There is a problem that we face in this country. There is a growing movement that has caused the devaluation of women. Women are no longer seen as special and deserving of protection and care. The woman, once revered and honored in Western culture, has been reduced, at best, to an equal and, at worse, a sex object. This has had serious consequences. One of which is the rise of sexual assaults. Now, we learn that these acts are little more than minor offenses in the eyes of society.
What if your daughter was drugged and raped by a colleague? What would you expect to happen to such a man? How would you feel having to watch the man who drugged and raped you walk free? This is not a possibility, it happened in Washington D.C.
The Washington Post reports
She sat in the back of the courtroom, wearing oversize black sunglasses, watching as the former Democratic congressional aide was sentenced for slipping a sedative into her drink and then raping her.
It was the summer of 2010, and she had just arrived in Washington as a student intern. When they met, she believed Donny Ray Williams Jr., the longtime aide and former staff director for a Senate Homeland Security and Governmental Affairs subcommittee, could help her find a job with Congress. But instead, she later told authorities, Williams drugged and assaulted her.
But as I said, Williams will not face any time in prison.
But as part of the plea deal, prosecutors agreed to ask the judge to suspend a 4 1/2-year prison term, meaning Williams will remain free as long as he stays out of trouble. Though the man before them had committed serious offenses, a prosecutor said, he had also suffered as a victim of an unrelated crime.
The reason is that the man was disfigured by an unknown man who threw acid on him. He has been permanently disfigured. Also, Williams has faced several surgeries and faces many more. He is unable to work having lost sight in one eye and greatly diminished sight in another. But, the question remains, is this enough?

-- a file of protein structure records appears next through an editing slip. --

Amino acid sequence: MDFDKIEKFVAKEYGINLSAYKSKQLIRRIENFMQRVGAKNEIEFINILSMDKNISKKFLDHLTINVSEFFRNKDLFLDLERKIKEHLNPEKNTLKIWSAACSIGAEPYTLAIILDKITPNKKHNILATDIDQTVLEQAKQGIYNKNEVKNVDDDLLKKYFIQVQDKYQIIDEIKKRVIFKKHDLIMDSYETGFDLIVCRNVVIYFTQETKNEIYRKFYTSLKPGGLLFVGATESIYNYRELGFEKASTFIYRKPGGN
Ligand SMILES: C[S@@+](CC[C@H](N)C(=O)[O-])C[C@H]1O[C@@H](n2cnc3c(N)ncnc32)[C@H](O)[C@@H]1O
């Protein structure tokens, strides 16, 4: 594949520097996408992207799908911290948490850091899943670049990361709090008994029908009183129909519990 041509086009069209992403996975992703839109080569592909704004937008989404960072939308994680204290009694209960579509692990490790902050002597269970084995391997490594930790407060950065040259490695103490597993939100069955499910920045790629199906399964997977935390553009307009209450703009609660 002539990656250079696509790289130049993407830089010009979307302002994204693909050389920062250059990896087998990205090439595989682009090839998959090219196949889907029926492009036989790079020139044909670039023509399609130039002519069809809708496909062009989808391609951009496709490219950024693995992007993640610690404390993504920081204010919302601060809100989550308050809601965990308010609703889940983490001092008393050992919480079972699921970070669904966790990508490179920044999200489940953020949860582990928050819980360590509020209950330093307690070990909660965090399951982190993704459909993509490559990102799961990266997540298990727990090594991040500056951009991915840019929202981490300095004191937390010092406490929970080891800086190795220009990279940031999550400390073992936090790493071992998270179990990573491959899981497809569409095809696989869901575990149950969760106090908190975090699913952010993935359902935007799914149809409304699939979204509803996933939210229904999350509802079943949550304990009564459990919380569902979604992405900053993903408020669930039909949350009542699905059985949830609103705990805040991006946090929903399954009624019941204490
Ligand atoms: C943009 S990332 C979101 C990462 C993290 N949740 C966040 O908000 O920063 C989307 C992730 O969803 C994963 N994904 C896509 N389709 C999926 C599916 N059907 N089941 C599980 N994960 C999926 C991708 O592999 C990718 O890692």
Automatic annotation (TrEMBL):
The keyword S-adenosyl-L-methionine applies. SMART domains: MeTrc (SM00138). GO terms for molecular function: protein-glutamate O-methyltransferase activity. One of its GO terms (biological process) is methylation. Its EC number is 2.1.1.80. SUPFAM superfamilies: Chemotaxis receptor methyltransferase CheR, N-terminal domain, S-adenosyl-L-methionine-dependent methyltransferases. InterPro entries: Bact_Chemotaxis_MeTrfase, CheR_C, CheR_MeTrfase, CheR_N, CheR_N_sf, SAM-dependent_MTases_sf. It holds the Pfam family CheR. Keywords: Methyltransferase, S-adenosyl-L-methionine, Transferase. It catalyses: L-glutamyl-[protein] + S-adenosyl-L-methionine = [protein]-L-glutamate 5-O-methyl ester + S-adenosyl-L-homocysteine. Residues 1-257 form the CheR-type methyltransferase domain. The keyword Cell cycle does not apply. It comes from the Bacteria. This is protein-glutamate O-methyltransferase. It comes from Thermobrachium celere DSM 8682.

In asking this question, we are assuming several things. First, that there is a level of suffering that this man can endure in his life at which point he is no longer guilty of a crime. But who determines this level, if it exists? When do we know that he has reached this arbitrary level?
Also, what about the victim? Has justice been served for her? See, we assume since she is not allowed to seek or extract vengeance on the perpetrator, then she is removed from the equation. There can be no punishment but from the state. However, the state did not burn Williams with acid. Had the state done this, I am sure that everyone would be up in arms. This means that though Williams has suffered, it is not because of his crime. This means that there is no justice.
Next, we assume that the state is the one offended by Williams’ crime and can determine when justice is served. This again is a wrong assumption. The reason that the state is given the sword is to exact the wrath of God (Rom. 13:1-5). The penalty should have been based on the standard of justice established by God.
These questions are no longer considered by Americans because we have left the righteous standard set down for us in God’s Law. When we do not believe that these standards are the rule for our own lives, we will not demand them of our leaders.
I discuss the use of the Law of God in my book, An Everlasting Covenant. It is available on Amazon.
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